• [0056]
    (a) at least one measurement electrode with a biofunctional surface, the biofunctional surface having recognition elements for the analytes,
  • [0057]
    (b) one or more counterelectrodes,
  • [0058]
    (c) a liquid electrolyte between the measurement electrode and the counterelectrodes,
  • [0059]
    (d) analytes, which are labeled with electrically active labeling units and can be brought in contact with the recognition elements of the biofunctional surface,
  • [0060]
    (e) either (i) a voltage source for applying a time-varying voltage or (ii) a current source for applying a time-varying current between the first counterelectrode and the measurement electrode, and
  • [0061]
    (f) a measuring instrument for
  • [0062]
    (i) measuring in case (e)(i) the current or in case (e)(ii) the voltage between the first counterelectrode and the measurement electrode, or
  • [0063]
    (ii) measuring in case (e)(i) the current or in case (e)(ii) the voltage between the second or another counterelectrode and the measurement electrode.
  • [0064]
    In the device according to the invention, the measurement electrode, counterelectrodes, electrolytes, recognition elements, analytes and the electrically active labeling units preferably have the properties described in relation to the method.
  • [0065]
    The surface of the measurement electrode may be divided into a plurality of conductive regions.
  • [0066]
    Electrodes according to the invention may be configured as planar or in a non-planar geometry.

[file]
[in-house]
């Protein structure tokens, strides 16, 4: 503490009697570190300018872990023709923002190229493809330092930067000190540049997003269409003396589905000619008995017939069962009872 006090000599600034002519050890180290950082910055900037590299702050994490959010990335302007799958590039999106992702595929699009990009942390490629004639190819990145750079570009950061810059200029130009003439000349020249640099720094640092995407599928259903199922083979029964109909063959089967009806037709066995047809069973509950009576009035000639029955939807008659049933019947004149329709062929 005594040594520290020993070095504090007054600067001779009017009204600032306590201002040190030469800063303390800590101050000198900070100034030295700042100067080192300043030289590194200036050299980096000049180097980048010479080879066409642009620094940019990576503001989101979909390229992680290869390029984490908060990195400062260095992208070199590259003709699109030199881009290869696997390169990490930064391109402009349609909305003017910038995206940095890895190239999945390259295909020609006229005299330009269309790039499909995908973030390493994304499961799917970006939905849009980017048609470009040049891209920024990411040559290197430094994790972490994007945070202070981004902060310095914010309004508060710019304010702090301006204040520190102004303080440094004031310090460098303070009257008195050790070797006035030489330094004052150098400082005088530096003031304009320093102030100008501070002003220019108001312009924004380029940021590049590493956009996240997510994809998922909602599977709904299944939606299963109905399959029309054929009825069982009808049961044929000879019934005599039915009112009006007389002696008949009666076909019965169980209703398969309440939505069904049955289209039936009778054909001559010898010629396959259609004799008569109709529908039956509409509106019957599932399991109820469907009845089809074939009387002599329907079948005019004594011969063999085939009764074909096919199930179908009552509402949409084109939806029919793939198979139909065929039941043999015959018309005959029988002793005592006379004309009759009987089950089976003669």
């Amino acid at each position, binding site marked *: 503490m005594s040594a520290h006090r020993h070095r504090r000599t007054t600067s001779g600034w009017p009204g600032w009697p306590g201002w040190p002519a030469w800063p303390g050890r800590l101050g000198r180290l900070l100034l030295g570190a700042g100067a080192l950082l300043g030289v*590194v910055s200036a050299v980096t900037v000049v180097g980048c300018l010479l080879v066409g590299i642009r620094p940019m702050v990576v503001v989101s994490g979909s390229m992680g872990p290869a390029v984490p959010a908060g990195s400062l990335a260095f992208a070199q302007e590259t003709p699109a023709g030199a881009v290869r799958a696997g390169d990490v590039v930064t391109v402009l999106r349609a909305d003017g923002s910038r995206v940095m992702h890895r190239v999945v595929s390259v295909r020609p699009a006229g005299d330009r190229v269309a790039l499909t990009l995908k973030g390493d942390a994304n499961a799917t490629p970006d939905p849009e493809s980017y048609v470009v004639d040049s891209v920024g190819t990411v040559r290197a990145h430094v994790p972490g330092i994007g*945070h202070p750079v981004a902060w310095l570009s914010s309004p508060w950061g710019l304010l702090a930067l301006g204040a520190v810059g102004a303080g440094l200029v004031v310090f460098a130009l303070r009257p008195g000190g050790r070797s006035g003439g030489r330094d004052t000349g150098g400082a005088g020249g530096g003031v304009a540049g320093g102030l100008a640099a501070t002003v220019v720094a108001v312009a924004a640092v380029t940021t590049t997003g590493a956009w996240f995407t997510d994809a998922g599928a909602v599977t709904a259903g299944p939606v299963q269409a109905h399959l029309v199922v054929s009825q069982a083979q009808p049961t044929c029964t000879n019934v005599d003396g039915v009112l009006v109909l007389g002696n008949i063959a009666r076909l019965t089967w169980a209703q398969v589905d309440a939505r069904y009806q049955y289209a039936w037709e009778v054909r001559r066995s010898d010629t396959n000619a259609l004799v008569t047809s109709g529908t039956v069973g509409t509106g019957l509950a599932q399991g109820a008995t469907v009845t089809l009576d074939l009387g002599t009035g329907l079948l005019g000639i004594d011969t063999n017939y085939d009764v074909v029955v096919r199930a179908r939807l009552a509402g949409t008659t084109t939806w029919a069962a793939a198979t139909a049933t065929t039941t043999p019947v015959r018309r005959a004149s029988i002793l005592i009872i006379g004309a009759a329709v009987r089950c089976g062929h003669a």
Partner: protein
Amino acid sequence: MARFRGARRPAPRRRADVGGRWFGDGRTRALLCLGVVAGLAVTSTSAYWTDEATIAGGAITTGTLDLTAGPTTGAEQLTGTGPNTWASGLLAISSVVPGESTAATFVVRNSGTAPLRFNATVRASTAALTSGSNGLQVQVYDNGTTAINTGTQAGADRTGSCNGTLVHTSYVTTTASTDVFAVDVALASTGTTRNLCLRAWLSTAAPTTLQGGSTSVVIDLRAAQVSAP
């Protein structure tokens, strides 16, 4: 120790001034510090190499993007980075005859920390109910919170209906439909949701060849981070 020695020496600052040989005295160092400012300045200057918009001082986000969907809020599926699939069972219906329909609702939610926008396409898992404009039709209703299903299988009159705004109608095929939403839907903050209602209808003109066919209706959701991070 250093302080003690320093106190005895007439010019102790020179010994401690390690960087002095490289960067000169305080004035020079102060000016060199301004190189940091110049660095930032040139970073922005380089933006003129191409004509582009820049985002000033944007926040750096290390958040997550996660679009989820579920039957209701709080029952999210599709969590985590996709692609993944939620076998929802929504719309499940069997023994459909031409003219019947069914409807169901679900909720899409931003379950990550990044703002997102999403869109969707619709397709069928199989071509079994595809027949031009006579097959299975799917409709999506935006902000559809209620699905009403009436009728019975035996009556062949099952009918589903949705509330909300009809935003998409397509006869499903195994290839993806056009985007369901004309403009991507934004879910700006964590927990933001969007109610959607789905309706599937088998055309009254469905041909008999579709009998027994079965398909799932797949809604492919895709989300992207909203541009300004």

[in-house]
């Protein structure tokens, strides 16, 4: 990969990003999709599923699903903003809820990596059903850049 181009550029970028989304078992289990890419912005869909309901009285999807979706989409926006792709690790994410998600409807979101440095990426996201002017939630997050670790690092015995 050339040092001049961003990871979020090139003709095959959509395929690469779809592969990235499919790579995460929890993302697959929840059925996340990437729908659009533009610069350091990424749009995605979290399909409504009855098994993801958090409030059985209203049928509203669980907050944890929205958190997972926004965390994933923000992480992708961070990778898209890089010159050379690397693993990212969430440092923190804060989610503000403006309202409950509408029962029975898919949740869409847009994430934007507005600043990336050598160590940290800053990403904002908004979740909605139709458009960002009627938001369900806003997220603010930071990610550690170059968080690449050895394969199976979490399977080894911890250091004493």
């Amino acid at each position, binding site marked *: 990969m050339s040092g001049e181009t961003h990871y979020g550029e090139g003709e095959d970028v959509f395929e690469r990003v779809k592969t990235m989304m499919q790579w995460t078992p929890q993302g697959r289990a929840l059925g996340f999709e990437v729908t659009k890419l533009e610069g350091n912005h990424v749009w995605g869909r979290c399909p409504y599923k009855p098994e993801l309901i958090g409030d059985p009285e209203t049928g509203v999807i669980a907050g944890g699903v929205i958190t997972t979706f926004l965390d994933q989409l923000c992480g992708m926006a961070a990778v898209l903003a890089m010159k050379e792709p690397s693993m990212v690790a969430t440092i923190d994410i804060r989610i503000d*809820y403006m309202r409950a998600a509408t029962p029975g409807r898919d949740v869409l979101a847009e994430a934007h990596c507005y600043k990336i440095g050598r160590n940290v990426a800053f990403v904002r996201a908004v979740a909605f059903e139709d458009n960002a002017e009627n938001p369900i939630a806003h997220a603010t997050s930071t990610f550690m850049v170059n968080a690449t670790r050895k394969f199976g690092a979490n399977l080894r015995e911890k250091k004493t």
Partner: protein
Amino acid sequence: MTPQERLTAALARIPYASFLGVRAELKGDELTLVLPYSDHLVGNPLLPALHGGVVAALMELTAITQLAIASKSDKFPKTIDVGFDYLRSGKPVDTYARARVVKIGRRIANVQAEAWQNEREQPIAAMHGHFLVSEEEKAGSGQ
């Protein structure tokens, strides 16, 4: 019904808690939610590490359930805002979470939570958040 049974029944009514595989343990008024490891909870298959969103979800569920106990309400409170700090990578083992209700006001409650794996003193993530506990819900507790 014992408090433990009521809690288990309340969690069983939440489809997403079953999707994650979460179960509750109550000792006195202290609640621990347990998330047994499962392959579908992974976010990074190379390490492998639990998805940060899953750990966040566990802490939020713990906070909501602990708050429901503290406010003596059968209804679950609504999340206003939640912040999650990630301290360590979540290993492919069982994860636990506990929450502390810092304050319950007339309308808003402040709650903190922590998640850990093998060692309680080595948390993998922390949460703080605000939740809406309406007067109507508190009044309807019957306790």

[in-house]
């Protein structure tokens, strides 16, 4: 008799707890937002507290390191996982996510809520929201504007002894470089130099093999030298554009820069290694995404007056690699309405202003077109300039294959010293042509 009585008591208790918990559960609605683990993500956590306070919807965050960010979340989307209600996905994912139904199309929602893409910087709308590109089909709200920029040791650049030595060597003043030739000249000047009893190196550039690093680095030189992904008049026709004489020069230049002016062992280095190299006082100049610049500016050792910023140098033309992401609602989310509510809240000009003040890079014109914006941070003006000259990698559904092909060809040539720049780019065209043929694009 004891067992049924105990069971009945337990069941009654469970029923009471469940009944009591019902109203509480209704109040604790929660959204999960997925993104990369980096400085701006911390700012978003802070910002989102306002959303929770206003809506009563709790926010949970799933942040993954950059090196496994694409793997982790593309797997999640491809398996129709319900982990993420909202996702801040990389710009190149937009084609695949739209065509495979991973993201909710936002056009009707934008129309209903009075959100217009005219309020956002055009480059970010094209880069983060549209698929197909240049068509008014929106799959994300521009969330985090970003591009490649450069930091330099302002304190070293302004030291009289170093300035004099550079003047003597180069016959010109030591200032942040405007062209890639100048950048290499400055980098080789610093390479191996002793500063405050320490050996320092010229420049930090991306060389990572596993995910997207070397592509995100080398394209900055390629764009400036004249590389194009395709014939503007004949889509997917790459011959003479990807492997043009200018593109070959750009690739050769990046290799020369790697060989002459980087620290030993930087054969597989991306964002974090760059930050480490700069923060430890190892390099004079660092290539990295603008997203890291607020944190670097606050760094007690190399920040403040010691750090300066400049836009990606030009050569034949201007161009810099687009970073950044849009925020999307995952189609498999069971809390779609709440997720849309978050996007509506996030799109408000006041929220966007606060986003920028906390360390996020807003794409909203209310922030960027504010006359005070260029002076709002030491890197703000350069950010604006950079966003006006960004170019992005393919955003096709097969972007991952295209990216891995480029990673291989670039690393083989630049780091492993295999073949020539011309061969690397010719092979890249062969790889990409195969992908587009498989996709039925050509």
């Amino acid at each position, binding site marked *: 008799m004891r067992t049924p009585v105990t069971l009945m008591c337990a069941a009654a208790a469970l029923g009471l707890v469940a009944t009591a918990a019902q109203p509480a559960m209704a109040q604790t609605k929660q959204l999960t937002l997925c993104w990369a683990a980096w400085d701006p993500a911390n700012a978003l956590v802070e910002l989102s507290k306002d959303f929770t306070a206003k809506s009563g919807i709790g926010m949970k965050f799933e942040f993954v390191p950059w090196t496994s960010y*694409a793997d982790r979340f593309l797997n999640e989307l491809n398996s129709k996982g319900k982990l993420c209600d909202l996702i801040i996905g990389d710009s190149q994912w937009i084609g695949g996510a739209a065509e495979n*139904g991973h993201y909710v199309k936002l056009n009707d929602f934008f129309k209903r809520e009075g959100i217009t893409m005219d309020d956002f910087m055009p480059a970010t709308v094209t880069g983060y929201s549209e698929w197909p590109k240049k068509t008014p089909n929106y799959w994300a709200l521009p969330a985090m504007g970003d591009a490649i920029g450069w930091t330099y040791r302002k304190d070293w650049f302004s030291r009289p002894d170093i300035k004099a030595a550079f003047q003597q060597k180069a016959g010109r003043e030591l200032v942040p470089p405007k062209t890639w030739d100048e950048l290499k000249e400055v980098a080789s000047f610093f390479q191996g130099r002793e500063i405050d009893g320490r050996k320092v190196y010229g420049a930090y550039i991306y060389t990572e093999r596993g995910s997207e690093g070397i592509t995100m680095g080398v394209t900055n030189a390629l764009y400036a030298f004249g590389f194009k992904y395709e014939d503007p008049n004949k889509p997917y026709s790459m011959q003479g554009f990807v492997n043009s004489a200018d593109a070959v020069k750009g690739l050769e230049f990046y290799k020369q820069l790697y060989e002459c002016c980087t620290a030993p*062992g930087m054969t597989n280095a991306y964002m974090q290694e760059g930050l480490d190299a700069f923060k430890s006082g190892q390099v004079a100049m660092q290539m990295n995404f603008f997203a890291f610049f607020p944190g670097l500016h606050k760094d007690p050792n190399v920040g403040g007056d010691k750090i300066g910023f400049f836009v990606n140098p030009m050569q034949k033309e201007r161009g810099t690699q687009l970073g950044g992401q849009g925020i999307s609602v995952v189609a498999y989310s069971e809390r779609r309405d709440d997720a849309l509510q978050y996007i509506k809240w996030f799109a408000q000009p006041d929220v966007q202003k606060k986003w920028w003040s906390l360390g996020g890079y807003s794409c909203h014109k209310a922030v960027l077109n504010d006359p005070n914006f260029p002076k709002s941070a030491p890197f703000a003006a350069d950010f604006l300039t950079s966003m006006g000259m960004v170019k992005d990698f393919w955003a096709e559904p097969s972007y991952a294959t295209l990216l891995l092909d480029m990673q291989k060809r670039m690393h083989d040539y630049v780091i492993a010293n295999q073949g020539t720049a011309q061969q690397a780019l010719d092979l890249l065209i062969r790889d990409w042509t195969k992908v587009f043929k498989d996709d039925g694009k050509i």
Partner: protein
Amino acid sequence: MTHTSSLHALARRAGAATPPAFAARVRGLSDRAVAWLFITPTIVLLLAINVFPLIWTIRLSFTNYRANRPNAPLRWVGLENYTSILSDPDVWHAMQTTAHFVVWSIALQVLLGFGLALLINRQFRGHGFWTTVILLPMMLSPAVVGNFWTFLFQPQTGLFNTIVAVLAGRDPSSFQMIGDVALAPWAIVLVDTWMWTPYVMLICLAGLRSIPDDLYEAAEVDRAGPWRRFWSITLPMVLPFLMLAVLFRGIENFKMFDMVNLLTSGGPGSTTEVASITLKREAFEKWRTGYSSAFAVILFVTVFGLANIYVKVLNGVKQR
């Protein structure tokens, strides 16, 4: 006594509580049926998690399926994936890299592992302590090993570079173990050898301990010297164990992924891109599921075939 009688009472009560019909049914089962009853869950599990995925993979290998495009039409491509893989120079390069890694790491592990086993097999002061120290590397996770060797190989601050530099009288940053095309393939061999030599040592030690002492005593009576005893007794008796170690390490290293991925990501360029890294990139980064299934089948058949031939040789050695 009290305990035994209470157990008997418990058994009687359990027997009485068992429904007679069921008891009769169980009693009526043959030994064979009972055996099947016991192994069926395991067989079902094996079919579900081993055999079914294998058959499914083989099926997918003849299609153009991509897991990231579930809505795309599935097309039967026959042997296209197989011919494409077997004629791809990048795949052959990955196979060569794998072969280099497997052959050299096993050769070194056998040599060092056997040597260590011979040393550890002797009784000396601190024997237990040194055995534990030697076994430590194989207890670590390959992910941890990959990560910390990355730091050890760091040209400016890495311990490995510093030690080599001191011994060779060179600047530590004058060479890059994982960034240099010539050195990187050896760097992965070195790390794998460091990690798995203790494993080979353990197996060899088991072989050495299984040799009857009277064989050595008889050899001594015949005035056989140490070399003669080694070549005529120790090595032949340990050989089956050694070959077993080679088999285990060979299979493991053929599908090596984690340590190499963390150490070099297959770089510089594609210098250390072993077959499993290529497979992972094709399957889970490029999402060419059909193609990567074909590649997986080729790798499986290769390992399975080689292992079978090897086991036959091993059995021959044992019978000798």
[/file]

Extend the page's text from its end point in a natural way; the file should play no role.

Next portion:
• [0067]
    High sensitivities, down to the single-molecule range, are offered by impedimetric measurements based on microelectrodes with areas in the range of from 1 to 20×1 to 20 μm2, preferably from 5 to 15×5 to 15 μm2, particularly preferably of 10×10 μm2, in which the individual labeling units, for example autometallographically enlarged Au colloids, lead to increases in the electrode areas of the order of a few percent. With individual electrode areas of, for example, 10×10 μm2, it is possible to fit 106 elements on a chip with a size of 10×10 μm2. These size indications are merely exemplary in nature, and do not preclude other sizes and numbers.
  • [0068]
    One type of recognition element may be immobilized in each conductive region, or the same type of recognition elements may be immobilized in a plurality of conductive regions.
  • [0069]
    In order to cover dynamic ranges which extend over an expected quantification range of two to three orders of magnitude of an impedimetric measurement with a single electrode, use is made of electrode areas with various sizes, which differ in their area proportionately to the concentration ranges to be detected. In this case, a plurality of conductive regions, which respectively differ in their size by a factor, preferably by a factor in the range of from 5 to 15, particularly preferably from 9 to 11, are in each case used for one type of recognition unit.
  • [0070]
    In the planar configuration, there are one or more electrodes laterally next to one another on a substrate. Analyte solutions can be delivered to the electrical sensor arrays via microchannels, which can be etched into the structures. Alternatively, a component provided with microchannels may be used as a cover for a planar substrate.
  • [0071]